Criminal theft charges come in dozens of varieties, including petty theft, petty theft with priors, embezzlement, fraud, robbery, etc.
The most basic and probably the most common theft charge is found at California penal code 484 & 487. The primary difference is the value of the property taken. Grand theft, under California Penal Code Section 487(a), is defined as the illegal or unlawful taking of another person’s property, which is valued in excess of $950, while petty theft, PC 484, is anything of value of $950 or less.
Generally, in order to prove that the defendant is guilty of the crime of theft the prosecutor will have to prove all of the following:
- The defendant took another person’s property without permission,
- The defendant destroyed the property or intended to keep it without returning it, and
- The defendant had no legal justification for taking the property.
ETTY THEFT PUNISHMENT
Petty theft is a misdemeanor, typically punished by up to 3 years of informal probation, a maximum sentence of 6 months in county jail, a $1000 fine, or both. In some instances, such as when the value of the stolen property is small and the defendant has no criminal history, petty theft may be charged as an infraction and dismissed if the defendant completes theft education classes.
However, if the property has a value of $50 or less, the prosecutor can charge the offense as an infraction, so long as the offender has had no other theft-related conviction. Petty theft charged as an infraction is punishable by a fine of no more than $250.
RAND THEFT PUNISHMENT
Grand theft is a “wobbler,” meaning that it can be charged as a misdemeanor or as a felony. Misdemeanor grand theft carries a basic punishment of up to 1 year in jail, a $1000 fine, or both. Felony grand theft can be punished by 16 months, 2 or 3 years in state prison.
In addition to any jail or prison sentence, if the defendant is found guilty of PC 484 he may face professional license restrictions or suspensions, harsh probation terms, restitution requirements, loss of immigration status (for non-U.S. citizens), and more.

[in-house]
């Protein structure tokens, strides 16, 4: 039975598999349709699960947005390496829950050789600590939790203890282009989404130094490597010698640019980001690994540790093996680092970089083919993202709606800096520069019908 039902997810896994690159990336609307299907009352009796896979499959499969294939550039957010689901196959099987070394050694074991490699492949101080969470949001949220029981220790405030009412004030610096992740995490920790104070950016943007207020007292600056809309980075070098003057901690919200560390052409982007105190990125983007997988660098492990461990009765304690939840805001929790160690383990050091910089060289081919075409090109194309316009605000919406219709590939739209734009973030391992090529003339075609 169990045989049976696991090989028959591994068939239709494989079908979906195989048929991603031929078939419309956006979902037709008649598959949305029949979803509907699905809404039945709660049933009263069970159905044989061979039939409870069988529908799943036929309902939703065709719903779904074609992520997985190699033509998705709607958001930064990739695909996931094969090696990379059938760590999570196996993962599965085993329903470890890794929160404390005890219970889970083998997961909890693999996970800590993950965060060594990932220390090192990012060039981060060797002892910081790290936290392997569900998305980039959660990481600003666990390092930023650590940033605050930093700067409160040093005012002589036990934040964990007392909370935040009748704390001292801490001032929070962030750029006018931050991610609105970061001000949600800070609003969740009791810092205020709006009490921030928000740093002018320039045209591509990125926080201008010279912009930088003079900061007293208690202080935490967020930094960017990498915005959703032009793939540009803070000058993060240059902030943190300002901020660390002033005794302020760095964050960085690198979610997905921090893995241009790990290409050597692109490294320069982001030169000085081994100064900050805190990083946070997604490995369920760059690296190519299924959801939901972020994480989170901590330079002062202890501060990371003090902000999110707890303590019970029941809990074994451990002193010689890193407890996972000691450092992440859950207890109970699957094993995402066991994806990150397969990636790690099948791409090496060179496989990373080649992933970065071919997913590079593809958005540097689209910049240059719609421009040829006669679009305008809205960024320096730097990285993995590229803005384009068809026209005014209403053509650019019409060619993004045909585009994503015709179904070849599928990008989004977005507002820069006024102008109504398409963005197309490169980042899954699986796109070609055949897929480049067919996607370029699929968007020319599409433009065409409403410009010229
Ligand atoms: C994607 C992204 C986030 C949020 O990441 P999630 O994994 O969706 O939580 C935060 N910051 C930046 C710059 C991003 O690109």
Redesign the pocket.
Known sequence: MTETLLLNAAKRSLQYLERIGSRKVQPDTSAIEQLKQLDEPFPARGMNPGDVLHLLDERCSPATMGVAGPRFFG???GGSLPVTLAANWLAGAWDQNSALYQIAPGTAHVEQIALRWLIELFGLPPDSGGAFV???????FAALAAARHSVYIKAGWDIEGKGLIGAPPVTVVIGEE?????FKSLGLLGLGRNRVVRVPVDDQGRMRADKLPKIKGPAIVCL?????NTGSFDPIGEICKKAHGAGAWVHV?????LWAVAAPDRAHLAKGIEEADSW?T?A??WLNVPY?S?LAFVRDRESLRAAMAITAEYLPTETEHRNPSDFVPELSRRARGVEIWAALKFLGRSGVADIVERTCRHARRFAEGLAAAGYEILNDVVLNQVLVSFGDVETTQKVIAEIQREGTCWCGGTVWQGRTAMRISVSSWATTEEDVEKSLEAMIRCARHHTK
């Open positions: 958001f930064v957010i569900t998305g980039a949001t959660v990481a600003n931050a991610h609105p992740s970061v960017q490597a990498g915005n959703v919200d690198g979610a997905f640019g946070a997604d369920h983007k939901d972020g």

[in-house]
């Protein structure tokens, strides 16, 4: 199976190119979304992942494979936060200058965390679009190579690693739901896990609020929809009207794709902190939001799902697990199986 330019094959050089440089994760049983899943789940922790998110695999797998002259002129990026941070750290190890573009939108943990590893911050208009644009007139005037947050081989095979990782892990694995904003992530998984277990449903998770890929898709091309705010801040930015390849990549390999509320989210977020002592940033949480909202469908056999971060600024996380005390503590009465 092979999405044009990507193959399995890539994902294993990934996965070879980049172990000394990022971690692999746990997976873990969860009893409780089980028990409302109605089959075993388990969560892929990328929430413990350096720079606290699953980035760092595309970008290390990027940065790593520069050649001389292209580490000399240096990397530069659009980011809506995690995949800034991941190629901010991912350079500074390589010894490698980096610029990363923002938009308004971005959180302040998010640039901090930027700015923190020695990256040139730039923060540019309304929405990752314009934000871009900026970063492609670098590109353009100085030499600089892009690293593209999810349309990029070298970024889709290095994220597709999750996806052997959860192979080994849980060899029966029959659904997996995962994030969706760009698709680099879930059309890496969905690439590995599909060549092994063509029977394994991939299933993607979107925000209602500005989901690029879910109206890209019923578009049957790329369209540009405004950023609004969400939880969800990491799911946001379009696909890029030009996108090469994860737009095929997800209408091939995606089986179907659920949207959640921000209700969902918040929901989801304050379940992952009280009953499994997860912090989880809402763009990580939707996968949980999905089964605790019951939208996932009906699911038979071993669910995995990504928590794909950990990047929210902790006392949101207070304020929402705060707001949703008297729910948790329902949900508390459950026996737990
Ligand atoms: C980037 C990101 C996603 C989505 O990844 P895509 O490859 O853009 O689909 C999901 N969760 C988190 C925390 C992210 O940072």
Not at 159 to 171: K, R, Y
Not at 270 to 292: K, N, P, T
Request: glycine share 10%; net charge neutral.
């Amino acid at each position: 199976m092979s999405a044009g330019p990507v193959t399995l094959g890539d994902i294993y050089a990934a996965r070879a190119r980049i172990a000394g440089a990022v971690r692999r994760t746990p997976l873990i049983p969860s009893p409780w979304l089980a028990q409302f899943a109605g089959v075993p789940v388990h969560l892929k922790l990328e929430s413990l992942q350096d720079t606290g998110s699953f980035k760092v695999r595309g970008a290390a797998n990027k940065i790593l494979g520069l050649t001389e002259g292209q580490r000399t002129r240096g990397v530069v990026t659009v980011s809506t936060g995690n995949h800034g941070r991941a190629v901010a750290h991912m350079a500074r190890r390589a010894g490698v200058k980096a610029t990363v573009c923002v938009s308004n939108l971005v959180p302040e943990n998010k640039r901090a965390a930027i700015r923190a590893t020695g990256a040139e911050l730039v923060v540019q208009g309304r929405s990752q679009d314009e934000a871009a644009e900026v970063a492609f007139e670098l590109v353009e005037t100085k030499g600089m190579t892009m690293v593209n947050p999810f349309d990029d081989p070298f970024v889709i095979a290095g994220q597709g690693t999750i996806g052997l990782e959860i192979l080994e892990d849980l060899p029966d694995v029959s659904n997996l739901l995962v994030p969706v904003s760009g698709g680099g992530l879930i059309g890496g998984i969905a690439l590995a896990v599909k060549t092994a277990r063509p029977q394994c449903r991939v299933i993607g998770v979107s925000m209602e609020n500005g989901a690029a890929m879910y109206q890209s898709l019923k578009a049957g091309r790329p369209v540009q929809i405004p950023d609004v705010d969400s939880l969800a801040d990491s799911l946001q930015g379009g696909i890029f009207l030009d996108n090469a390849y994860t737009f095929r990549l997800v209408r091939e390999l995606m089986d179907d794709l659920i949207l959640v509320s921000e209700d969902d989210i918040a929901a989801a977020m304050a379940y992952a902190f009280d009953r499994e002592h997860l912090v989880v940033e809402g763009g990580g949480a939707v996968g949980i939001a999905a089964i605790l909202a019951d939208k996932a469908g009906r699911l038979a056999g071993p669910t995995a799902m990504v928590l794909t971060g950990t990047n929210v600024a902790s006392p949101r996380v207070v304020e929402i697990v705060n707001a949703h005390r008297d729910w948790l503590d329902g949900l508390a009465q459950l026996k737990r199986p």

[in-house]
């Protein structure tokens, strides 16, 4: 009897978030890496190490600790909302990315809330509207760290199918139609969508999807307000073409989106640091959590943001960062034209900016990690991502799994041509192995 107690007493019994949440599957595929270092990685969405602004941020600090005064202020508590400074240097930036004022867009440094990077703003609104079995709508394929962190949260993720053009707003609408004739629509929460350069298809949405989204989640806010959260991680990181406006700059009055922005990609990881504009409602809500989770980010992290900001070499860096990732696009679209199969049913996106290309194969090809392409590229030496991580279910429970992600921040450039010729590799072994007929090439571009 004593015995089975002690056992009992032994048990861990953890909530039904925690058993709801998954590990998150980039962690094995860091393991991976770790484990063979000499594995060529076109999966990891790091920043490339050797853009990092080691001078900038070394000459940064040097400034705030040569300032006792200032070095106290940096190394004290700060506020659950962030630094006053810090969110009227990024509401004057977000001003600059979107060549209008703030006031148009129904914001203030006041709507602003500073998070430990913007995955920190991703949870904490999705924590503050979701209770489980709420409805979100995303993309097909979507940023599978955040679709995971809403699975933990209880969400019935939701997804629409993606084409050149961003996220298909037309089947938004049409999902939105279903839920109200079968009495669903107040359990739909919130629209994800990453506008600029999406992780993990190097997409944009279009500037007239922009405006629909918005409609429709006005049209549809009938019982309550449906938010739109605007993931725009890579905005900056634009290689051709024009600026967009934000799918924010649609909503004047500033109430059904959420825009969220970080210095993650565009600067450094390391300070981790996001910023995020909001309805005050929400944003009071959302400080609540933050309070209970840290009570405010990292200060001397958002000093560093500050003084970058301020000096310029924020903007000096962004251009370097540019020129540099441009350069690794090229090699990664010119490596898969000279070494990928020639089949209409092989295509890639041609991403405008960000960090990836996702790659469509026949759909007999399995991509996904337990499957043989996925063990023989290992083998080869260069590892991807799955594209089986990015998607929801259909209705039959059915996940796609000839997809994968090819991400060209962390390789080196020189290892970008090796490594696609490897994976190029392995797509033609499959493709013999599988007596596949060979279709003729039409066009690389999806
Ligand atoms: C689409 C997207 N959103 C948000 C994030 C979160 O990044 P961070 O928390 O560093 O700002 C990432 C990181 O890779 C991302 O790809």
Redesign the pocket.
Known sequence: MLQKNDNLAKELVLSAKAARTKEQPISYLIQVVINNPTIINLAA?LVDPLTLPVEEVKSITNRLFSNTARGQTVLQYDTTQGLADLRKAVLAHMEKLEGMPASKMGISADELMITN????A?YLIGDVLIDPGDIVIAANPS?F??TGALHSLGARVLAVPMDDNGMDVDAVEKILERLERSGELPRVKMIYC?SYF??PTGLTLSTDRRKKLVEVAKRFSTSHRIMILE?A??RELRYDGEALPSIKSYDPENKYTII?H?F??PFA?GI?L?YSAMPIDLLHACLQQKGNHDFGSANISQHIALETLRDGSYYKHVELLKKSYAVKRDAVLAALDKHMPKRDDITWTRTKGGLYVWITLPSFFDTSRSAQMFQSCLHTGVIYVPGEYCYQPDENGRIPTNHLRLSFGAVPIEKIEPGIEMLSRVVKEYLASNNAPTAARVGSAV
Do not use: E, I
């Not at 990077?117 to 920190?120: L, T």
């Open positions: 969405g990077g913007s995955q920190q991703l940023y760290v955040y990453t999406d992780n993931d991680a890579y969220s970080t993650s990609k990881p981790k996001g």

Theft charges are often based on weak evidence that must be vigorous challenged. Depending on the facts of a case, defenses to theft charges may include:
- Lack of intent – when the defendant took the property he did not intend to permanently keep it,
- Right of possession – theft is not committed if the allegedly stolen goods belong to the defendant and the defendant has a right to possess them,
- Consent – defendant had consent to take the allegedly stolen property, and
- Mistake – If the property was taken by mistake or error
- False theft allegations.
There are a number of potential defenses to theft charges in California, particularly where the situation involves shoplifting or petty theft. These allegations have lasting and harsh ramifications on an individual. It is crucial that you fight this type of allegation because this could be held against you for many years. If you or a loved one is under investigation or charged with a crime, it is important to contact a criminal attorney that is competent in handling these matters. Call the Law Office of Brett Parker Davison for a free consultation today!
- Petty Theft (PC 484 and 488): This is the stealing of property valued up to $950. This offense is a misdemeanor, but a second offense can be charged as a felony under Penal Code 666.
- Grand Theft (PC 487): This is the stealing of property valued at more than $950. It may be charged as a misdemeanor or a felony.
- Grand Theft of a Firearm: Any theft of a firearm counts as “grand theft”, regardless of the value of the gun. However, this offense is only a felony if the firearm is more than $950 in value.
- Grand Theft Auto: Theft of an automobile as “grand theft” if the value of more that $950, and “petty theft” if the value is $950.00 or less.
- Burglary: Entering a structure with the intent to commit a felony or theft inside constitutes burglary in California. However, if the structure is a home or “inhabited dwelling,” residential burglary may be charged, which counts as a “strike” under the Three Strikes Laws.
- Auto Burglary: Breaking into a locked vehicle for the purpose of stealing it, is “auto burglary” in California.
- Shoplifting (PC 459.5): Entering a commercial establishment while it is open with the intent to commit petty theft inside is the crime of shoplifting.
- Embezzlement: A person who wrongfully steals or misappropriates property entrusted to him by the rightful owner.
- Receiving Stolen Property: When someone purchases or receives property that they knows or reasonably should know is stolen.
- Robbery: Use of violence, force or threats to take property from another’s immediate possession. This is a Strike under the Three Strike Laws.
- Carjacking: If one uses force or fear to take a vehicle from someone’s immediate possession.
- Mail Theft (530.5(e)): When someone knowingly takes mail that does not belong to them from a mailbox, post office or letter carrier.